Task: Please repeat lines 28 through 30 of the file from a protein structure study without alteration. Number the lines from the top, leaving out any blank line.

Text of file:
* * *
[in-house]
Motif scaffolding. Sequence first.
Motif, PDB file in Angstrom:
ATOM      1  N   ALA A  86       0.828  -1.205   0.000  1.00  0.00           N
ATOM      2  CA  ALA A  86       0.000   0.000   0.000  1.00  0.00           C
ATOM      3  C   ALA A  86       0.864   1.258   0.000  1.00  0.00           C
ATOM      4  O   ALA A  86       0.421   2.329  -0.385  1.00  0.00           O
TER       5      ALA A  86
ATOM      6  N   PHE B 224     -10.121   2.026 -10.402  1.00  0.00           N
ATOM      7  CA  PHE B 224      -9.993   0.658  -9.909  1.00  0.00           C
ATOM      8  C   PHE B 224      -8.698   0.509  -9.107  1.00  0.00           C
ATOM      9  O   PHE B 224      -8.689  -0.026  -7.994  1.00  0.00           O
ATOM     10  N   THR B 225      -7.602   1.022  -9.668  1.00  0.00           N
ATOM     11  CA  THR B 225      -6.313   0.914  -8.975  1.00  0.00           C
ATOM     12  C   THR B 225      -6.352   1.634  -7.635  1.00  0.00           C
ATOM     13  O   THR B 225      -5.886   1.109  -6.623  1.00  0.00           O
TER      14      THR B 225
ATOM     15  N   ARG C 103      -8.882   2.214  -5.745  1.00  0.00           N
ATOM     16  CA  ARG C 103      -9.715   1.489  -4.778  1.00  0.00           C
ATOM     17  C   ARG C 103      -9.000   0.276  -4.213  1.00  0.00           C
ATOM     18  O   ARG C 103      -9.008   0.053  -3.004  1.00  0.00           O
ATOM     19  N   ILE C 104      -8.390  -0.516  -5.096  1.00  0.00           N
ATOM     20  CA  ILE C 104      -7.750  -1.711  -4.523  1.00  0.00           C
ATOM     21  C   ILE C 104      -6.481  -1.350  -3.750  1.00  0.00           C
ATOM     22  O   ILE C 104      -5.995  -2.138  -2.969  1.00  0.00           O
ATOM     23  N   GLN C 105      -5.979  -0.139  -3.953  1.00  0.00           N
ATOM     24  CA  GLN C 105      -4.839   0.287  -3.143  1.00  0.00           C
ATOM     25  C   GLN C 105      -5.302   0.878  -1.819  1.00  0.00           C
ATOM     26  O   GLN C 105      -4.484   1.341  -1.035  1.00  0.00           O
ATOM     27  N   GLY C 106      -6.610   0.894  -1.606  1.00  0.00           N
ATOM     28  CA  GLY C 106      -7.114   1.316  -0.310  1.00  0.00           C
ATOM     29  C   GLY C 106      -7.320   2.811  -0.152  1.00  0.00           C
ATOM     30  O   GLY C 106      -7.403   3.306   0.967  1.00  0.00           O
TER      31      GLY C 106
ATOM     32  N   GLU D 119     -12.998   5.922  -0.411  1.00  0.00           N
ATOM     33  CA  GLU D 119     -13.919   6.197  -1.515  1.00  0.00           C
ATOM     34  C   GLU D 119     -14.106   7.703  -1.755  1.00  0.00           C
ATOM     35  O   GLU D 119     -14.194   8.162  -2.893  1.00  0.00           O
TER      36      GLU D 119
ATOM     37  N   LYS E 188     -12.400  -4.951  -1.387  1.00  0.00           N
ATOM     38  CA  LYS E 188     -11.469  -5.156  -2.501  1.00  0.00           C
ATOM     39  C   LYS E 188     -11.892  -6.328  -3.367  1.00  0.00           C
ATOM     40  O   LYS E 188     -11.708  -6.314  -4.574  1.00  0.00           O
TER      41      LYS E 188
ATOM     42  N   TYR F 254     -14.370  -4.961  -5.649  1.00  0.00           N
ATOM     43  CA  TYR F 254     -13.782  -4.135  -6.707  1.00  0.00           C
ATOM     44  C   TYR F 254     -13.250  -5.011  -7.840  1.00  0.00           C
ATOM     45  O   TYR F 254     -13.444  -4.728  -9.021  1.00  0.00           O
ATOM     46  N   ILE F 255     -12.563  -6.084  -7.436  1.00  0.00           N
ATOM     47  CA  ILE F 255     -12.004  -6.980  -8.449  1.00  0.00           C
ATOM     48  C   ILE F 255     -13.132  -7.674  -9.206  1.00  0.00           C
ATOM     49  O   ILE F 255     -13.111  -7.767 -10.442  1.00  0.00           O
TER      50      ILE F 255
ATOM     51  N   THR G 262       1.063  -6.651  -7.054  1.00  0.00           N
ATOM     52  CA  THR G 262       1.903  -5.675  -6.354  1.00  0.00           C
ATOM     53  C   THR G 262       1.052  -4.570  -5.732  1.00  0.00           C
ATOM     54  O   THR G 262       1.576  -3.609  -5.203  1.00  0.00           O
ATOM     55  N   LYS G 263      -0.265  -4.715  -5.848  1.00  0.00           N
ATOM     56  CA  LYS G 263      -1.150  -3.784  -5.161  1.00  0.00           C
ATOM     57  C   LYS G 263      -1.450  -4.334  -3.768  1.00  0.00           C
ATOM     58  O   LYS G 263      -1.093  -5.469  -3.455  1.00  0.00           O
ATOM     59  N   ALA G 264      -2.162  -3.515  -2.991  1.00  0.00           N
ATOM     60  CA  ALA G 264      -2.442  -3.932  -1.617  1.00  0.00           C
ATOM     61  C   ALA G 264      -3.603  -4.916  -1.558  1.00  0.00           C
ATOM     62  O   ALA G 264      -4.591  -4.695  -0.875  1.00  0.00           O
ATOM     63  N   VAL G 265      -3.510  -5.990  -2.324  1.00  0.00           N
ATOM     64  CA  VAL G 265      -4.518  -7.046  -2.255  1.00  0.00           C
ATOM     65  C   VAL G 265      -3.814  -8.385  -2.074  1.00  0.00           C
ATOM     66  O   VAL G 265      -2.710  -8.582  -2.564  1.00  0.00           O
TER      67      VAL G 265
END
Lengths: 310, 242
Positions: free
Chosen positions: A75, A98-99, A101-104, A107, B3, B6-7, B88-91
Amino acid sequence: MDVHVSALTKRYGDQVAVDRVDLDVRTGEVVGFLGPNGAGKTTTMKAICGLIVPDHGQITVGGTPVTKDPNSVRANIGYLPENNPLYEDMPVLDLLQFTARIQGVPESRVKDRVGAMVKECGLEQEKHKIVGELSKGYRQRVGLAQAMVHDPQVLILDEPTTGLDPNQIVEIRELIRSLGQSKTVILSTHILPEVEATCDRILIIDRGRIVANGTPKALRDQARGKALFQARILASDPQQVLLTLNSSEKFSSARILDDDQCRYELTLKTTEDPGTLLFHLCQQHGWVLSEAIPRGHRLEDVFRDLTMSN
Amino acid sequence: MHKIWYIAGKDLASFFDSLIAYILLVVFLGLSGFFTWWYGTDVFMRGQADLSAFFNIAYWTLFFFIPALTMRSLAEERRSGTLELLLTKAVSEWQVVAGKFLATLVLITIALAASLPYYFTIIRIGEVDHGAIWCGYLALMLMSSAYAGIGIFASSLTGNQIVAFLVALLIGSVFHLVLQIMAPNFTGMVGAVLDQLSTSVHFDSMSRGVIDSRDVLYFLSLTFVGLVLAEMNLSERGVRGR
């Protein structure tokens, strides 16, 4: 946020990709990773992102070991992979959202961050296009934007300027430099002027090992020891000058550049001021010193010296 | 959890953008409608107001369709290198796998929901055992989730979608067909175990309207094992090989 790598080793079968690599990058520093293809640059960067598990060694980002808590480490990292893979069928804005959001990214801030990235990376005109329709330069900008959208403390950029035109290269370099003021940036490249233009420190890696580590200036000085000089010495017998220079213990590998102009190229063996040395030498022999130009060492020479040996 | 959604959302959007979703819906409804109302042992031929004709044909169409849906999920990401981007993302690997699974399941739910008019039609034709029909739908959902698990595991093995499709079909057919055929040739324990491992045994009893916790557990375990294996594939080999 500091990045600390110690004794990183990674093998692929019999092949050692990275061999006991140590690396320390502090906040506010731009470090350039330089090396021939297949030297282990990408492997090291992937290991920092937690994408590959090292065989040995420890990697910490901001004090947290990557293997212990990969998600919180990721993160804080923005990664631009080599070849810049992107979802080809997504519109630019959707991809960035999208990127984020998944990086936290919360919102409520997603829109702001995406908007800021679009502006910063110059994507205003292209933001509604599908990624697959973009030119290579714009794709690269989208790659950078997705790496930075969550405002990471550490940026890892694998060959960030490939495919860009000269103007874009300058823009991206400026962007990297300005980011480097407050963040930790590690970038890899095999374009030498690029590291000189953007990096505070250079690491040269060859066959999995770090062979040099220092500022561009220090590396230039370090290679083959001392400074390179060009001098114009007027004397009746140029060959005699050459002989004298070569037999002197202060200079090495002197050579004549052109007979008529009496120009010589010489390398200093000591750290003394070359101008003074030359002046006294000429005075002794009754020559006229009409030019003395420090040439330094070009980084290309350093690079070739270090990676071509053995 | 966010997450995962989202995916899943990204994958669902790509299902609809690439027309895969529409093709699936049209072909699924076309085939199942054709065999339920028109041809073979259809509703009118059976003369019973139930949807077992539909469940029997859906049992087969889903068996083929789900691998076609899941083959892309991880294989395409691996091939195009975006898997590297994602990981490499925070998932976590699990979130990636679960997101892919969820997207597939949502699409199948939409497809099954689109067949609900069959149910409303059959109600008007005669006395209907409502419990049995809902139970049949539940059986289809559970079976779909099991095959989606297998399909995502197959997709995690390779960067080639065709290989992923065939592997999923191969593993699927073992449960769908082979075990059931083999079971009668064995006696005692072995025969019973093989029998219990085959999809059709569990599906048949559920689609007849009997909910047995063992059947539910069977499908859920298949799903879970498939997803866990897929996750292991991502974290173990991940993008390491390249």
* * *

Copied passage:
ATOM     25  C   GLN C 105      -5.302   0.878  -1.819  1.00  0.00           C
ATOM     26  O   GLN C 105      -4.484   1.341  -1.035  1.00  0.00           O
ATOM     27  N   GLY C 106      -6.610   0.894  -1.606  1.00  0.00           N